Money gave its holder bearer negotiability. One's property in money (right of ownership) passed along with honest possession in every purchase and sale. There was no need to inquire if the one offering money had title before trying to buy a thing. Because of bearer negotiability, property and the possession in money were inseparable.

Money was that commodity that anyone can receive freely in exchange for what he or she has but does not want to keep for himself or herself, taken in trust, that with it he or she can, at any time, get from others what they have but do not want to keep for themselves.

A banking system can have money or fiduciary cash. Without going into great detail, fiduciary cash depends partly or wholly on the confidence that the owner can trade it for other goods.

Today, you live with fiduciary cash of negotiable bank credits. You do not have money whatsoever.

Under a specie money system, money is only gold or silver coins. Under a fiduciary money system like we have today, money does not exist. Federal Reserve banknotes and U.S. Treasury token coins — half-dollars, quarters, dimes, nickels, pennies — have taken the place of money.

There is money and then there is credit. Money were to exist could settle credit, always. Yet, in the final settlement, money could extinguished credit.

Money can exist without banking or lawgivers. Cash must have bankers to exist. For it to exist, legal tender cash must have lawgivers and their agents of enforcement as well as bankers.


A quantity is anything that can get measured and an economic quantity is anything that can get measured by wealth (property of trade).

Because negotiable credit and cash are measurable quantities and because both get used in trade, credit and cash are an economic quantities; and because both get used in exchange, credit and cash are economic quantities of purchasing.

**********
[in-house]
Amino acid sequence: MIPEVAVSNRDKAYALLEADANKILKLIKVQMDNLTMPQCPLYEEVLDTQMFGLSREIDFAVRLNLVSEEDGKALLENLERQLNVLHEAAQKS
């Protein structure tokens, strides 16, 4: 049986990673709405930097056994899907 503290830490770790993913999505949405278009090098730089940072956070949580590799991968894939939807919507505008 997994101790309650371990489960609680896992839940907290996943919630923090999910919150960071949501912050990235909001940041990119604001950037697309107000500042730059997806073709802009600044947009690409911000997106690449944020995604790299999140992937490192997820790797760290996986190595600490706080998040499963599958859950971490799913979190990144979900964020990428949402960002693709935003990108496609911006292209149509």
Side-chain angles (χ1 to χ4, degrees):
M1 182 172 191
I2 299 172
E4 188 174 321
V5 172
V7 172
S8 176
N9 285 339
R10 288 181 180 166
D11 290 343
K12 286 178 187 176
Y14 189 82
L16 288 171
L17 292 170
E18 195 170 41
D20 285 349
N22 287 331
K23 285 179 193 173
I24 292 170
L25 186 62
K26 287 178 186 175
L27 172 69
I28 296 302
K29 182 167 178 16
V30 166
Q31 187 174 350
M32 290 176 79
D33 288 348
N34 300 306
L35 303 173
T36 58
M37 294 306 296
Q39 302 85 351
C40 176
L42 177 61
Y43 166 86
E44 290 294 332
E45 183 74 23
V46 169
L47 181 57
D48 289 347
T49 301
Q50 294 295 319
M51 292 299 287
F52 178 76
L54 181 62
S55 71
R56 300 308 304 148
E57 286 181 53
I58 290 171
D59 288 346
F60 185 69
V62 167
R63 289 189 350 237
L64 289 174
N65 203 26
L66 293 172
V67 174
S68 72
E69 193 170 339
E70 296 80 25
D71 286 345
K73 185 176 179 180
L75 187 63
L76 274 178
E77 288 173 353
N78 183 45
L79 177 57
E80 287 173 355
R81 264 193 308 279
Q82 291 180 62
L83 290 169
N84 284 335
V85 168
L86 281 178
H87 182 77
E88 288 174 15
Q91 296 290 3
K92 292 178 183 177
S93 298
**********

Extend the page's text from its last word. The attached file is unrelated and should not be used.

Currency is the circulating medium — that which someone holds in the middle ground. The key to coming to see and then to understand what is currency is to know what has bearer negotiability.

Bearer negotiability is an aspect embodied in money as well as negotiable debt instruments. In essence, bearer negotiability means the right of ownership in a thing gets passed along with honest possession in every sale or every exchange. The property and the possession are inseparable. Typically, bearer negotiability gets recorded on those things that could be lost, stolen, or sold and then used by another.

No need exists to inquire as to the title of ownership to money or negotiable debt instruments offered by anyone in exchange for goods. That is bearer negotiability.

Today, currency consists solely of cash, which is bank credit circulating in perpetuity. In practice, cash has bearer negotiability.

In our fiduciary monetary system, only Federal Reserve banknotes and U.S. Treasury token coins are currency. Most often, ATM debit cards, credit cards, and bank checks have bearer negotiability. Rare are the times when these instruments lack bearer negotiability, but it happens.

Thus, currency is that which has the power of purchasing and resembles money, sometimes called money substitutes, although far too many include far too many things as so-called money substitutes. In short, currency consists of cash and checkable deposits.